-- Last Updated: Nov-14-12 1:25 PM EST --
There are lots of ways to outfit canoes for whitewater and everyone has their own preferences.
I think having at least a couple of anchor points (one for each paddler) on the hull bottom to secure gear is an excellent idea for any boat used in significant current. You will at least have a couple of water bottles and perhaps a dry bag or two and you would prefer to not have them loose in the boat in case of an upset.
Some folks will tie or secure gear to seat frames or thwarts which isn't a great idea for a couple of reasons. One, the cords present an entanglement hazard. Second, if you ever have to invert the boat to carry out a boat over boat rescue this junk hangs beneath the gunwales of the inverted canoe and gets in the way.
I have had good results with vinyl adhesive (aka "Vynabond") if used properly but it may work loose after a few years. If so, vinyl patches can usually be resecured with vinyl adhesive. Some whitewater boaters who absolutely don't want their D rings blowing out during some remote run will use epoxy (West System G Flex preferred for Royalex), but it is more expensive and makes it difficult to remove the patch without damaging the canoe if you ever want to.
I would first carefully mark the position of your patches and trace an outline with pencil or a marker. Lightly sand the hull surface with 100-150 grit sandpaper and clean it with acetone or MEK if you have any, or alcohol if you don't. Clean the patch bottom as well and apply an even coat of vinyl adhesive to both patch and hull. You need to let the adhesive "degas" before approximating the patch to the hull which usually takes 15 min or so. You can speed it up by carefully warming the patch and hull with a heat gun or hair drier. Be careful to align the patch as you won't be able to move it after it makes contact. For best results go over the patch with a small, hand-held roller.
I prefer running flotation bag lacing through holes drilled just below the gunwales as it is clean and least expensive and doesn't weaken the gunwales. As Eric said, it does take some time to remove and re-lace the cordage if you want to do so frequently.
If you don't want to do this you can buy lacing kits with nylon "inchworms" to secure to the gunwales with either pop rivets or stainless steel sheet metal screws. Cheaper is to buy some nylon "P clips" of the type used to secure coaxial cable to a wall. Radio Shack has them. You can rivet or screw these to the underside of your inwales or to the hull side just below the inwales. I like 3 mm nylon accessory cord for lacing in flotation bags.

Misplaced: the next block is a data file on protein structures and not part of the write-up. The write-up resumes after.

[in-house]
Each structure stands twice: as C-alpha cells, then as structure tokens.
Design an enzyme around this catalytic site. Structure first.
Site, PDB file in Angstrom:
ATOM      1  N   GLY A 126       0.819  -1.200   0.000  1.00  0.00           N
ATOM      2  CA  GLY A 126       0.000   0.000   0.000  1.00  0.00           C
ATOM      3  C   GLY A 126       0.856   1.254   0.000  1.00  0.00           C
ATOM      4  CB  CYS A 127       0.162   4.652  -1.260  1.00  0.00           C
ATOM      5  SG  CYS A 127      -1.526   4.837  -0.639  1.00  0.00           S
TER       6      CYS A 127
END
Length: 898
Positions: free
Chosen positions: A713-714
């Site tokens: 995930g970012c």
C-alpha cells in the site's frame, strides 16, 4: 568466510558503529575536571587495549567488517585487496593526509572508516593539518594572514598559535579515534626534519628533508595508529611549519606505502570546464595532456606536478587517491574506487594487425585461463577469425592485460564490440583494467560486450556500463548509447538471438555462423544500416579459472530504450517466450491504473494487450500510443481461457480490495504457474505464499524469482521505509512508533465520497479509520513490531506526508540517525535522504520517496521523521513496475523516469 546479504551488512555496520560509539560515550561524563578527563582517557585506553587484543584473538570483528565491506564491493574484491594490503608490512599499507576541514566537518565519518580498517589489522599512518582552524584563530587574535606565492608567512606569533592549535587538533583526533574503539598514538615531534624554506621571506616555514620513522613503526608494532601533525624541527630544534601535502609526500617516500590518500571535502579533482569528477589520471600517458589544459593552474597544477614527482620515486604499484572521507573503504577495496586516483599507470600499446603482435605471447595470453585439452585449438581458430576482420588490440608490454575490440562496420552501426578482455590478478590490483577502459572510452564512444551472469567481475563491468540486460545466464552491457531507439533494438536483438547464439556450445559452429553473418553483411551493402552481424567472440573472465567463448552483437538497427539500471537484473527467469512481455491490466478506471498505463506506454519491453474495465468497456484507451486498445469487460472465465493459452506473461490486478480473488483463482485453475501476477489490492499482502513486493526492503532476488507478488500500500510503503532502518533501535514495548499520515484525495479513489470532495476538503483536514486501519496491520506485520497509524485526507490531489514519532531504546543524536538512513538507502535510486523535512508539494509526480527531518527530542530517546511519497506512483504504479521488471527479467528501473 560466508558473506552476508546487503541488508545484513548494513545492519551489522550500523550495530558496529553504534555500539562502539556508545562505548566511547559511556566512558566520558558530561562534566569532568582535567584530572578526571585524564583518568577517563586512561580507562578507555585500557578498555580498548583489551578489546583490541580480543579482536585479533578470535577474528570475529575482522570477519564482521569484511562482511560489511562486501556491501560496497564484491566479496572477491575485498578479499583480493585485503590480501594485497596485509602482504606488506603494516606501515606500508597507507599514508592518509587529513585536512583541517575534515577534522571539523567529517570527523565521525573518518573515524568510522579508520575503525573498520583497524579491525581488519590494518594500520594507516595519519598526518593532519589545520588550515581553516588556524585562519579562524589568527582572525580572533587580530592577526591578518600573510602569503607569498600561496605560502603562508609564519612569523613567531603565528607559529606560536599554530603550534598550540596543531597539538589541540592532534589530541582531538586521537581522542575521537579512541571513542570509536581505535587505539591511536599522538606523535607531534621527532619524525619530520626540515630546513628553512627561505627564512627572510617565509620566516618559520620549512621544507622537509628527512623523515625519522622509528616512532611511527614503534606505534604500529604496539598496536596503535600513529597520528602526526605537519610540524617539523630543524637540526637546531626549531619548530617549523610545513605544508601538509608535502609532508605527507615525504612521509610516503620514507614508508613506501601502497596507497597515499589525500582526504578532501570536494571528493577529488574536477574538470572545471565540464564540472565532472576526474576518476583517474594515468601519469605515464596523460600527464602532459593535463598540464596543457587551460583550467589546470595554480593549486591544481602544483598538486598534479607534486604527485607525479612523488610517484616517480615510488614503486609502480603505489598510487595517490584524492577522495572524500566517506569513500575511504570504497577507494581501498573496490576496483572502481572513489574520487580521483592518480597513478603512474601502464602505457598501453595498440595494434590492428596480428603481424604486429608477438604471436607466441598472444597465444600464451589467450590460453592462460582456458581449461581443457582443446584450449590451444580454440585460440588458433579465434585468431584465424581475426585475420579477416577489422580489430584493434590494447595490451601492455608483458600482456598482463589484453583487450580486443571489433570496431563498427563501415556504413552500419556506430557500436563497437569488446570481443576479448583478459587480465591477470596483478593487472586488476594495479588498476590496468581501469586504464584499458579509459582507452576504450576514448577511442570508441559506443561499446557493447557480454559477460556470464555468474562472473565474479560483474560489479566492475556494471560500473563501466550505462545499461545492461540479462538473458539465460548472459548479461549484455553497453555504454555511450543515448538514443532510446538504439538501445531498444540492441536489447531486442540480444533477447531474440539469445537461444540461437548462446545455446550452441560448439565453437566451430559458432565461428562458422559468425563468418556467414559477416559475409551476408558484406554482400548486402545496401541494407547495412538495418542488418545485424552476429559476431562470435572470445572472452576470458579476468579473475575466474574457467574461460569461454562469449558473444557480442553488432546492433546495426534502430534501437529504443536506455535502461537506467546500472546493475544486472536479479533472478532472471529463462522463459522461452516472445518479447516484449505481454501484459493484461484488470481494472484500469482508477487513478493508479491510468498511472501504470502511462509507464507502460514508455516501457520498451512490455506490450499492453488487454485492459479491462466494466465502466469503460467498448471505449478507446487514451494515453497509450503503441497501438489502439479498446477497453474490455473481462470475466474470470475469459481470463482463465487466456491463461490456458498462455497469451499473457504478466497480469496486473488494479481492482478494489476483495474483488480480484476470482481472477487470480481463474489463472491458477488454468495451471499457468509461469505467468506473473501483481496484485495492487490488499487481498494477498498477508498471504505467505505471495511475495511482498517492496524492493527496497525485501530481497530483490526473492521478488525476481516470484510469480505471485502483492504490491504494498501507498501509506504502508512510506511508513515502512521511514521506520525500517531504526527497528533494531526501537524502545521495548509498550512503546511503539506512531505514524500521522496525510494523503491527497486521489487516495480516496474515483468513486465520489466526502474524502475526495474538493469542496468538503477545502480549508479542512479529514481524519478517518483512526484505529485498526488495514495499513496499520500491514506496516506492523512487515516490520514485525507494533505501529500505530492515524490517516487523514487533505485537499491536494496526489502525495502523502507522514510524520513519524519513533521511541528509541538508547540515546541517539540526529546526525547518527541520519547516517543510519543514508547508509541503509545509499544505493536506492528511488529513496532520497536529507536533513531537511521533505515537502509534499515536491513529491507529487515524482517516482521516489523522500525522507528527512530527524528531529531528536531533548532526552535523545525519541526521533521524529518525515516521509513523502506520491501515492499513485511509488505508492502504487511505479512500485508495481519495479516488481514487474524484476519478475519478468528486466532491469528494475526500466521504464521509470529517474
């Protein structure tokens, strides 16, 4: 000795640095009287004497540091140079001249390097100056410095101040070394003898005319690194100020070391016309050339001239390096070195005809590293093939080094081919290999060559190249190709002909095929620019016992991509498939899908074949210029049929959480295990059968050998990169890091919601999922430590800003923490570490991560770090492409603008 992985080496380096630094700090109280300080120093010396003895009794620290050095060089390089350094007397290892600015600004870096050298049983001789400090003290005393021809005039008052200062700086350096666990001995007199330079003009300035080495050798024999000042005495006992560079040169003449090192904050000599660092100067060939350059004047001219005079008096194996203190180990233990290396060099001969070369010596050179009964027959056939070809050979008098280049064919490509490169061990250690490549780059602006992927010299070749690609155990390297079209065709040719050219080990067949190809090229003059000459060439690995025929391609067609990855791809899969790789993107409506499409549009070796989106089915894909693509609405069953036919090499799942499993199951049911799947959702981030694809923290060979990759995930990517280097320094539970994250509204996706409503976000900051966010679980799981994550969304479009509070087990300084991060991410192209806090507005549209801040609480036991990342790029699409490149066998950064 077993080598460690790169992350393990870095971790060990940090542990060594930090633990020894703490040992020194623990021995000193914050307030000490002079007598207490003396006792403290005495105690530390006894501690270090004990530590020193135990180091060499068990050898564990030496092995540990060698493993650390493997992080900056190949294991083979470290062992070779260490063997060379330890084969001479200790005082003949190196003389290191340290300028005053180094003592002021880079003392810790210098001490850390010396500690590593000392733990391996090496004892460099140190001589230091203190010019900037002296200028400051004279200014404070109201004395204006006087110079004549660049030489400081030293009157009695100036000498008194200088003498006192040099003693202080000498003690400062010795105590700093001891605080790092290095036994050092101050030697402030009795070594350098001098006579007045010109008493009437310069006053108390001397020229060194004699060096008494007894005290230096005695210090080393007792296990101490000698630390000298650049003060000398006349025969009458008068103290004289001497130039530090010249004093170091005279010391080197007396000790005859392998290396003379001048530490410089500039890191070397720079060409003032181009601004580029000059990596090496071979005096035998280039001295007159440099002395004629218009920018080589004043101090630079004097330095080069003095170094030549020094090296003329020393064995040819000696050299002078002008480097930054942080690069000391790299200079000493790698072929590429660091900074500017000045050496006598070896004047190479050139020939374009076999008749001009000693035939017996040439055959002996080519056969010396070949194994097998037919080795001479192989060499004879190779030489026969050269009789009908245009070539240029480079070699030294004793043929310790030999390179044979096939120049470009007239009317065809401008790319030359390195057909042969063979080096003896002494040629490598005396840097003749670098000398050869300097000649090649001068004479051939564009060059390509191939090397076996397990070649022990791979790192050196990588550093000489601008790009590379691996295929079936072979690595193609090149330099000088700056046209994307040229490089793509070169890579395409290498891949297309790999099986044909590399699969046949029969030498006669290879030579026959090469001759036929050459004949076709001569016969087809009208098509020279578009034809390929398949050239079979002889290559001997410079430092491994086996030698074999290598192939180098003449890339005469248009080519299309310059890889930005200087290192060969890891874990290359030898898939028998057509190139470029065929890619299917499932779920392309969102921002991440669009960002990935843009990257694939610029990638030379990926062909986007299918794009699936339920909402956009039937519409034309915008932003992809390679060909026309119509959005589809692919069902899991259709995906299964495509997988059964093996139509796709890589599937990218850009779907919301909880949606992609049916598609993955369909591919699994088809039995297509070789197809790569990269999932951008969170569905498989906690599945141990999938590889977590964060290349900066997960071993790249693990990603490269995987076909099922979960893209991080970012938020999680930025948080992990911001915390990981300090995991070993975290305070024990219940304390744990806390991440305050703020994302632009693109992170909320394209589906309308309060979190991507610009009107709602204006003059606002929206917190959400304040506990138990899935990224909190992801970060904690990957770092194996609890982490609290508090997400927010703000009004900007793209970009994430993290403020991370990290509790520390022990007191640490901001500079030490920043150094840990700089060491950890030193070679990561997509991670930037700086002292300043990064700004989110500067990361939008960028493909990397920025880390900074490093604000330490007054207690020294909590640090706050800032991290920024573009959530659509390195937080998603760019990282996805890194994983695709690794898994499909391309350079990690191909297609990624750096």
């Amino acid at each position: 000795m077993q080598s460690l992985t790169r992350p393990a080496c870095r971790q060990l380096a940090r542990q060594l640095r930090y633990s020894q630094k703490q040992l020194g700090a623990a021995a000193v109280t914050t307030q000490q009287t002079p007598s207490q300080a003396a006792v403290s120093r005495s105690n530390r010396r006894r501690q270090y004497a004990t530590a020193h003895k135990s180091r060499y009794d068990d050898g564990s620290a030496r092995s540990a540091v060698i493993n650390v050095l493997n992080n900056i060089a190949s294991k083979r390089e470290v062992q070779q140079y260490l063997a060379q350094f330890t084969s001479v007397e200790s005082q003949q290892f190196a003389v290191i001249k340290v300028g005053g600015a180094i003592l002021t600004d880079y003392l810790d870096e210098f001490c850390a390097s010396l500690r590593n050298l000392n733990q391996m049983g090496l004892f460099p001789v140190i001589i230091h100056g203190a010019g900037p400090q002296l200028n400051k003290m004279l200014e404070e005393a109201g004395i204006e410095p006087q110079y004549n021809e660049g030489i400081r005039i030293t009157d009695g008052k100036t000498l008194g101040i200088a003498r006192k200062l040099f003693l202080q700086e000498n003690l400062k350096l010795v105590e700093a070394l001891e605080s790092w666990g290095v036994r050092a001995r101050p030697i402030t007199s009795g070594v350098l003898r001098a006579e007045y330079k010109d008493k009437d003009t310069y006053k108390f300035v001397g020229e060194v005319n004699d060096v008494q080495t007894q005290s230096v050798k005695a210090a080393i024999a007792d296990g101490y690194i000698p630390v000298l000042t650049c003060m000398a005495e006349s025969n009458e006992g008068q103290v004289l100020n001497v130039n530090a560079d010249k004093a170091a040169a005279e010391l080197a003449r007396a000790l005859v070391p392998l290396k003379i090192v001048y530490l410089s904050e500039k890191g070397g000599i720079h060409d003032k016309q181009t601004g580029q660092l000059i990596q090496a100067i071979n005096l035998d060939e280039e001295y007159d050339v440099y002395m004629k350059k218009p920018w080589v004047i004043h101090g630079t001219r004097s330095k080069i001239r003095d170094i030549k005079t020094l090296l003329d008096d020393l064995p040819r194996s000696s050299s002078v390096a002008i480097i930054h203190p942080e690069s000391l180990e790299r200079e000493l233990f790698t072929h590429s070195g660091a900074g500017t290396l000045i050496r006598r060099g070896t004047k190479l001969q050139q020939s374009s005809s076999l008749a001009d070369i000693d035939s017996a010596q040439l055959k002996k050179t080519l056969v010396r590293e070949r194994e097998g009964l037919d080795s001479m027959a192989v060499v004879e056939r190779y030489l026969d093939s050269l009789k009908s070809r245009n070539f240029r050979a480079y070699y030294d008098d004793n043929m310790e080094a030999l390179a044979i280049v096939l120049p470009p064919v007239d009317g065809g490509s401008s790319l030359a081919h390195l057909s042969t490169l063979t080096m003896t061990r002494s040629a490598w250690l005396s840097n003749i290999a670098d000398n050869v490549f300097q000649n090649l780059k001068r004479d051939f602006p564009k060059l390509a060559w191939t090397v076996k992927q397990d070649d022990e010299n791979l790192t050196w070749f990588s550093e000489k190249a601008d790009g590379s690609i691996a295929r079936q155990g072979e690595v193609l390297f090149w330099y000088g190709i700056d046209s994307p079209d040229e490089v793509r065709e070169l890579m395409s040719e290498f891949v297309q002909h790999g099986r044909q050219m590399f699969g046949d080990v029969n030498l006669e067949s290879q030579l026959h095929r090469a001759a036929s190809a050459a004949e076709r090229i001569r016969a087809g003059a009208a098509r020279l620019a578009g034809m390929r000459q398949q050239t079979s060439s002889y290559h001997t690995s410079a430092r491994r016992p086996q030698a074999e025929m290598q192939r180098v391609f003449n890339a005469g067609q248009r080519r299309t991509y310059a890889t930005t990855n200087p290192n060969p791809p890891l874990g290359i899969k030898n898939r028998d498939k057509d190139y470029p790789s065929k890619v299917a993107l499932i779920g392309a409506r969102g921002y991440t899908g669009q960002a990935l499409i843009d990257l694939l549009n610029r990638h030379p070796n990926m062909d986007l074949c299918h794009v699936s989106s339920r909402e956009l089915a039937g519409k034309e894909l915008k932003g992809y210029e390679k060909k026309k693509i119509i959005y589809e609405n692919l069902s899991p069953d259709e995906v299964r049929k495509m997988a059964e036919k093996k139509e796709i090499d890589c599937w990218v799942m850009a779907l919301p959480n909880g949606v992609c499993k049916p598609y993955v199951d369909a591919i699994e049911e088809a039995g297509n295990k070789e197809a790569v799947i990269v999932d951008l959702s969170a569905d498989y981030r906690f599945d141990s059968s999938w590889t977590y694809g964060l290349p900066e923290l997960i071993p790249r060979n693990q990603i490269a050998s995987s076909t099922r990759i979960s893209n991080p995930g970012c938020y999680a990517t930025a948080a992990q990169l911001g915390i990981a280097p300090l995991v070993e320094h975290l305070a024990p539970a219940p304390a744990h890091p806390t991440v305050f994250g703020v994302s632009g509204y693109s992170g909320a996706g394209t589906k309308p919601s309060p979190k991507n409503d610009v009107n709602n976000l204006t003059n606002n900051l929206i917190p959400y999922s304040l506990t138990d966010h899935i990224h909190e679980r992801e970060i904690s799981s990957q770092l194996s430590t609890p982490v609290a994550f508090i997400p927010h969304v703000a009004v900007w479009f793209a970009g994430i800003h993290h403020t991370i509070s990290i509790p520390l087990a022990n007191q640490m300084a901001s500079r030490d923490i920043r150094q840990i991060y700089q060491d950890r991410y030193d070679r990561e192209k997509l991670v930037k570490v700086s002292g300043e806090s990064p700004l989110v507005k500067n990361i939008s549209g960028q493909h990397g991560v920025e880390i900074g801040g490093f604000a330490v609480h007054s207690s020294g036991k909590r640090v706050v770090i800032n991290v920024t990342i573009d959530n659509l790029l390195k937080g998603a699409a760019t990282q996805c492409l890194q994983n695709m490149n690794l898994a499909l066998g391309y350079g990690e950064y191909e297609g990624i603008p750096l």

You need some type of "keeper strap" or cord to keep the bag pushed up in the stem of the canoe otherwise water will float it back toward the center. Just about anything will work but I like either 3/4" or 1" wide flat webbing of either nylon or polypropylene secured using nylon "Fastex" triglides, ladder locks, or side release buckles made by Nexus and others.
There are a couple of other modifications you might consider making for whitewater use. I would glue in two pairs of kneeling pads so that you can get down on your knees quickly and easily when you want or need to. Some people prefer to use loose, removable kneeling pads or mats. I find that the large kneeling mats are heavy, and loose knee pads are one more thing to carry to and from the river, to forget, or to float away in case of an upset. Loose pads also are usually not where you want them to be if you need to get down on your knees quickly.
You can buy fancy, contoured pads or just make your own out of 3/4-1" thick minicell foam. Harbor Freight also sells some thin sheets of inexpensive foam which can be glued together in a couple of layers to make pads. Use a good quality flammable contact cement like DAP Weldwood to glue them in. Since foam is somewhat porous you need to use 2 or 3 coats on the foam.
You might also want to add grab loops to the bow and stern stems of your boat since Wenonahs usually lack them. They are handy for securing painters or securing your boat for cartopping. You can tie a painter on to a carry thwart near the stem but it is better to have it lower and closer to the water. You can use a length of 5/16-3/8" thick braided nylon rope or 1" wide tubular nylon webbing for grab loops. Just drill a pair of holes through the hull on either side about 1 1/2" back from the stem and high enough so that your loop doesn't drag in the water. Run a length of rope or webbing through the holes with a knot on either end inside the boat.
You can also run a short length of 3 mm accessory cord through each pair of holes and tie it to itself inside the hull so that it forms a loop under the deck plate of the canoe. These loops are convenient anchor points for you flotation bag keeper straps. Just run the end of the strap around the loop and secure it to itself with a nylon triglide.
Deck Rigging Gear
Pull-Up Strap Handle Kit
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